Find out more about the history of Tanzania from as early as the 6th century or even earlier if you consider the displays about the origin of mankind; However, most of the actual information is on stories and not in the actual pictures. There are no video or audio explanations, thus a lot of reading is required to gain any information, unless of course if you got a guided tour. There also are two libraries near the entrance, one for children and one for adults. Each of these is equipped with tablets from which to browse the library's archives. https://africantourer.com/museum/dar-national
Kijiji cha Makumbusho - No one interested in the local culture should miss out on this museum. Open-air display of traditional habitats and crafts.
The Village Museum was established in 1996. This museum was established for the purpose of demonstrating and preservation of traditional cultures of Tanzania. Visiting the village museum is like visiting the whole of Tanzania ethnic groups. The museum displays traditional huts of about 16 different Tanzanian ethnic groups.
The idea of a ‘village museum’ seems a curious paradox is it a village, or is it a museum? Perhaps it is neither in the conventional sense. It is certainly not a living village, but rather a collection of authentically furnished homesteads representing some of Tanzania’s many different rural cultures. Nor is it a museum in the traditional sense (there is not a glass case to be seen). All 16 houses can be entered, and there are plenty of objects to see and handle. The Kiswahili word ‘makumbusho’, ‘reminders’, is more apt here than the English ‘museum, with its classical muse associations. Herein lies not only the unique charm of the place but also the real importance of the site. http://www.tanzanianow.com/the-village-museum-dar-es-salaam/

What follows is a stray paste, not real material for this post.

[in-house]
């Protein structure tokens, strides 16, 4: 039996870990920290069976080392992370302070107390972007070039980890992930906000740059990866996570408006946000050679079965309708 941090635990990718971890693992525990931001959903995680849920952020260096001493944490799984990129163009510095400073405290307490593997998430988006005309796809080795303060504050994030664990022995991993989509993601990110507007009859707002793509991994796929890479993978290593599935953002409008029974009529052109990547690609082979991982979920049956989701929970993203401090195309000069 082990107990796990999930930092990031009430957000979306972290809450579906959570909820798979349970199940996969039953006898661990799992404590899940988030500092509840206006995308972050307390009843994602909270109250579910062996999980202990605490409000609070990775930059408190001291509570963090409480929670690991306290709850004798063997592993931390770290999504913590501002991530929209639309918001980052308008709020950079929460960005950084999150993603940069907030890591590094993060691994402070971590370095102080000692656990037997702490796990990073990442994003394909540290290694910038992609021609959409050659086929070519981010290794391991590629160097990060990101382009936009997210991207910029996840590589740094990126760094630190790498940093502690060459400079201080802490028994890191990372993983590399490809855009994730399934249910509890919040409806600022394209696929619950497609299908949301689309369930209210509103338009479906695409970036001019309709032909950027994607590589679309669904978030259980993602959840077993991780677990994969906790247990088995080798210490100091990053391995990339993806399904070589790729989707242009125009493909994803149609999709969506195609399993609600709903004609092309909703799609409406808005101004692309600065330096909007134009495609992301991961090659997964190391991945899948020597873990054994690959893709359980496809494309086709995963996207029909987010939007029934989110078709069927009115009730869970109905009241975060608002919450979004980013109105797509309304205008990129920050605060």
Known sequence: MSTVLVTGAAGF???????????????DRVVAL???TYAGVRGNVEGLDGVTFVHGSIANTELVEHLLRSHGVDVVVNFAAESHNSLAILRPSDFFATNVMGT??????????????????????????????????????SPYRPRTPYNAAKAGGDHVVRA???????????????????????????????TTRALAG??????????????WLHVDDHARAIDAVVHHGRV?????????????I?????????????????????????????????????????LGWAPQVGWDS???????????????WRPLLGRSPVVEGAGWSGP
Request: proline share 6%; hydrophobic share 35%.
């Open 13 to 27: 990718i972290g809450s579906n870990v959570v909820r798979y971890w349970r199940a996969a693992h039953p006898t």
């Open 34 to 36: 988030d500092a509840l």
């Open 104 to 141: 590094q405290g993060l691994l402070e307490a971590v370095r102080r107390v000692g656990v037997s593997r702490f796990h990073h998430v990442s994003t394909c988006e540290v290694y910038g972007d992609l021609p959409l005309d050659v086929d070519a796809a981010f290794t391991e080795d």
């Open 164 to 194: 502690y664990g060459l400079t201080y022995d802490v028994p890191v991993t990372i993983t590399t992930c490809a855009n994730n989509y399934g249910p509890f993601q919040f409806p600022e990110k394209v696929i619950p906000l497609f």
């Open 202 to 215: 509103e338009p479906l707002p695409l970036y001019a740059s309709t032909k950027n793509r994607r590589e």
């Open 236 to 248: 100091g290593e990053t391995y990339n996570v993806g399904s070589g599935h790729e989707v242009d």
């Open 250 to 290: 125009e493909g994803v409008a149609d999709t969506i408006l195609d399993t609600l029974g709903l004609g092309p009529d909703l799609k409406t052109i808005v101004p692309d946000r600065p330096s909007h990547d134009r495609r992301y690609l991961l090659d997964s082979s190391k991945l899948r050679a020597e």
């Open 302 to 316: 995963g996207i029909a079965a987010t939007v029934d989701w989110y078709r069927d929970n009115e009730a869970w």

Whilst most visitors to the Zanzibar archipelago visit Unguja, commonly known as Zanzibar Island, fewer take advantage of the fact that this is an archipelago, with several other islands and numerous islets.
Only a few kilometres from Stone Town are several islets such as Chumbe and Chapwani, where good accommodation is available. Bawe and Prison Islands are good for daytrips with excellent snorkelling available. Tumbatu Island, off the north-west coast of Unguja is one of the largest off-shore islands but has no facilities for tourists. Mnemba Island is located near the north-east coast featuring luxury accommodation. Although Mnemba is a private island, it is surrounded by a rich coral reef, which is great for scuba diving and snorkelling and is visited by several watersports centres in the area. http://zanzibar.net/islands-in-the-sun/
Mbudya Island (simply Mbudya) is an uninhabited island in Tanzania, north of the Country’s capital city, Dar es Salaam and is one of the four island of the Dar es Salaam Marine Reserve (DMRS). http://tanzaniatourism.go.tz/en/destination/dar-es-salaam-marine-reserve
Zanzibar’s brilliant white beaches lapped by the warm turquoise waters of the Indian Ocean provide the perfect place to relax, soak up the sun and take a break from some busy sightseeing. http://zanzibar.net/paradise-beaches/
It may not have a particularly romantic name, but Stone Town is the old city and cultural heart of Zanzibar, little changed in the last 200 years. It is a place of winding alleys, bustling bazaars, mosques and grand Arab houses whose original owners vied with each other over the extravagance of their dwellings. Stone Town was recently and deservedly declared a World Heritage Site by UNESCO. http://zanzibar.net/stone-town/
Designed in the shape of a man and built in 1593 by the Portuguese, Fort Jesus is now a UNESCO World Heritage Site, and one of the city’s top tourist attractions. http://afrotourism.com/attraction/fort-jesus/